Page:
If you claim a discount from the trader, any other rights and responsibilities you have under the contract are not affected. The 'Sale and supply of goods: your consumer rights', 'Supply of services: your consumer rights' and the 'Supply of digital content: your consumer rights' guides give more information on the rights and remedies you have under the Consumer Rights Act 2015 when you make a contract with a trader for the supply of goods, services or digital content. '

Take note that if the product cost more than £5,000 then the percentage discount is calculated using the difference between the price you paid and the market price of the product (if there is clear evidence to show what the difference is).


If you suffer a financial loss because of the trader's misleading action or aggressive commercial practice, you are entitled to claim this from the trader as 'damages'. You are also entitled to claim damages for alarm, distress or physical inconvenience or discomfort that was caused to you. These damages have to be 'reasonably foreseeable'; in other words there should be a clear connection between the trader's actions and the financial loss and/or distress and inconvenience you are claiming for. However, if the trader can prove that the event occurred because of a mistake, because they relied on information given by someone else, it was someone else's fault, an accident or beyond their control and they made every effort to avoid the incident happening, then you would not have a right to damages. This is called a trader's 'due diligence' defence.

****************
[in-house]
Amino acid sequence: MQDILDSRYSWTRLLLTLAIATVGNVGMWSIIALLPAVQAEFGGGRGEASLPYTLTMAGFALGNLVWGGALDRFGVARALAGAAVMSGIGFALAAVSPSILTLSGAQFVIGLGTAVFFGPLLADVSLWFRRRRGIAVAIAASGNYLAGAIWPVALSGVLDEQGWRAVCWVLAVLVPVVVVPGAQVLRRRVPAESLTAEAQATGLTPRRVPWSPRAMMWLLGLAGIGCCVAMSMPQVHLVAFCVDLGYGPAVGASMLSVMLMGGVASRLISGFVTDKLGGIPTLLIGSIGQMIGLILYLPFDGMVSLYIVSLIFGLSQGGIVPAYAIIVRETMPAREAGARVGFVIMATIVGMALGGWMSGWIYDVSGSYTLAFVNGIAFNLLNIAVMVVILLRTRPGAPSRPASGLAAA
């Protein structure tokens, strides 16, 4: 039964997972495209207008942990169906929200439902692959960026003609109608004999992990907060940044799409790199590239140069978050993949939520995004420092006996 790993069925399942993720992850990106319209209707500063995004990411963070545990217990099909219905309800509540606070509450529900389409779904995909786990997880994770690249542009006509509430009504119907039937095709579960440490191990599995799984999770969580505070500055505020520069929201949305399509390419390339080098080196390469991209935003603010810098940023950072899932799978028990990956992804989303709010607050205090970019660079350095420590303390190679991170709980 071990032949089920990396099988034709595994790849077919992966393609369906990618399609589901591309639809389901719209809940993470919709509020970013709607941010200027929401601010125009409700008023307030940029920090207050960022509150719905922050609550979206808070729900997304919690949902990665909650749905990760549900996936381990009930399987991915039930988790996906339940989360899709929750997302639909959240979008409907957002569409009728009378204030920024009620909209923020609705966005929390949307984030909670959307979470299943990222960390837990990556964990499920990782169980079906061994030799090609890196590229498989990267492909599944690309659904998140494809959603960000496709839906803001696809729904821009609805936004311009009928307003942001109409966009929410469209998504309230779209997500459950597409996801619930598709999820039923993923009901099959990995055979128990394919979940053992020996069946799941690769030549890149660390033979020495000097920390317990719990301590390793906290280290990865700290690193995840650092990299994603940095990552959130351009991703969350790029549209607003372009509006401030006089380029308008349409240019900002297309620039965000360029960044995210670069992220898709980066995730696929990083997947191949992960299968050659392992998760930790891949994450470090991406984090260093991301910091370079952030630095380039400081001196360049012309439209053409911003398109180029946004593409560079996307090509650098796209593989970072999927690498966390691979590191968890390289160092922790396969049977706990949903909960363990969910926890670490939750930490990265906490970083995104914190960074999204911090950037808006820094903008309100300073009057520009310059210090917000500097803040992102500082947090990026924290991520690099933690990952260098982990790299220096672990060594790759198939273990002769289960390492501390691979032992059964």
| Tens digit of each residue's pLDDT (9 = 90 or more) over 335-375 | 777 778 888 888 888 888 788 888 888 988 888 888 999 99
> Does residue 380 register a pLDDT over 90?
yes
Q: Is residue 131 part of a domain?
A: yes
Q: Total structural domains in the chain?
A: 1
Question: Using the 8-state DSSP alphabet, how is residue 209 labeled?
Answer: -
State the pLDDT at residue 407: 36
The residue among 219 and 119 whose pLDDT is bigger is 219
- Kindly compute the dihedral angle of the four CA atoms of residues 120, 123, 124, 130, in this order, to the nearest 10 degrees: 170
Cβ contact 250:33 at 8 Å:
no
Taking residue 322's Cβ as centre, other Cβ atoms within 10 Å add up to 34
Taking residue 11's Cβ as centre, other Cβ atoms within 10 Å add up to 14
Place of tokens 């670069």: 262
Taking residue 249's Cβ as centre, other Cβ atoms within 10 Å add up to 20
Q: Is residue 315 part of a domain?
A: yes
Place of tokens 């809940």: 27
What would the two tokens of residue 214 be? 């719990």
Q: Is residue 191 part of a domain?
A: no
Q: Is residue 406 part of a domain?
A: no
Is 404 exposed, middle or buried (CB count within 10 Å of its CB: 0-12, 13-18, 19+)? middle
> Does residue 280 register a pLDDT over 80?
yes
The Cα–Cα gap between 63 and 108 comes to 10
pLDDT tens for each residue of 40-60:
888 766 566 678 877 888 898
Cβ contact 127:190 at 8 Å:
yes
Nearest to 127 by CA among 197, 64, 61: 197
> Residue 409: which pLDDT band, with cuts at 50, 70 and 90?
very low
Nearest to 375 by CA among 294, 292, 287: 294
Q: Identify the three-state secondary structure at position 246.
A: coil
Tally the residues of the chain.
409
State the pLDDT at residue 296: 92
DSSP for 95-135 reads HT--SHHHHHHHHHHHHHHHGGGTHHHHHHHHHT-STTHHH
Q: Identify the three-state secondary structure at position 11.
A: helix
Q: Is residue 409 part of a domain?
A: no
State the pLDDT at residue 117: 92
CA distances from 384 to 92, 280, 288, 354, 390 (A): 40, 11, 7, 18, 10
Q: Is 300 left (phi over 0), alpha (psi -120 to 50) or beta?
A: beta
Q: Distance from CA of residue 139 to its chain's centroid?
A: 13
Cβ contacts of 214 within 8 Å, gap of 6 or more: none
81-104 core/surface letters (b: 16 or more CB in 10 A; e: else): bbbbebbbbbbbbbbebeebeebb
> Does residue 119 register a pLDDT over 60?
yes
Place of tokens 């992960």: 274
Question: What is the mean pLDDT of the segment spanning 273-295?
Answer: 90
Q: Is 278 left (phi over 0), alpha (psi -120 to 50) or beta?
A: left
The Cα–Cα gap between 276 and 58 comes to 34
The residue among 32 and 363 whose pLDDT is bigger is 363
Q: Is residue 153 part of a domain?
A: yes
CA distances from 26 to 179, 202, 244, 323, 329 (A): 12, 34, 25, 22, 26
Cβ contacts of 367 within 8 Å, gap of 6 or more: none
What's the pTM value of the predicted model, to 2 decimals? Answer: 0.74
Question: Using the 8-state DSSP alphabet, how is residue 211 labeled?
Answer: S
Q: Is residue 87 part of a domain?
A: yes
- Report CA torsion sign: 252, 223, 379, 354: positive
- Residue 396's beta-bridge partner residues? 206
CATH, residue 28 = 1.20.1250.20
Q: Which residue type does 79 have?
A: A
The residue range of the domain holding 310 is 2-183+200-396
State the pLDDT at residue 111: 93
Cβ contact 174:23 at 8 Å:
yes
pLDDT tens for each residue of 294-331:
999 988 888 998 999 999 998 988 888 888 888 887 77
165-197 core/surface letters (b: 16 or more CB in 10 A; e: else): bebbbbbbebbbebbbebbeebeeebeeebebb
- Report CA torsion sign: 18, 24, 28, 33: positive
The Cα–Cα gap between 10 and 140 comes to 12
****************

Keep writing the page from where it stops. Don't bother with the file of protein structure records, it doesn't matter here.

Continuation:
How do you claim your rights to redress?

You are entitled to take court action to claim your rights to redress. If your legal action succeeds, the court will make an order to confirm your right to unwind, to claim a discount and/or to claim damages and will also inform you of anything else you are required to do. The 'Thinking of suing in court?' and 'Writing an effective complaint' guides give more information or visit the 'Make a court claim for money'  page of the GOV.UK website.

Further information

You can find out more from the Misleading and Aggressive Commercial Practices: New Private Rights for Consumers guide on the GOV.UK website. The guide is aimed at businesses but is a useful tool for consumers too.

Last reviewed / updated: October 2022

Key legislation

Please note

This information is intended for guidance; only the courts can give an authoritative interpretation of the law.

The guide's 'Key legislation' links may only show the original version of the legislation, although some amending legislation is linked to separately where it is directly related to the content of a guide. Information on amendments to legislation can be found on each link's 'More Resources' tab.

For further information in England and Wales contact the Citizens Advice consumer service on 0808 2231133. In Scotland contact Advice Direct Scotland on 0808 164 6000. Both provide free, confidential and impartial advice on consumer issues.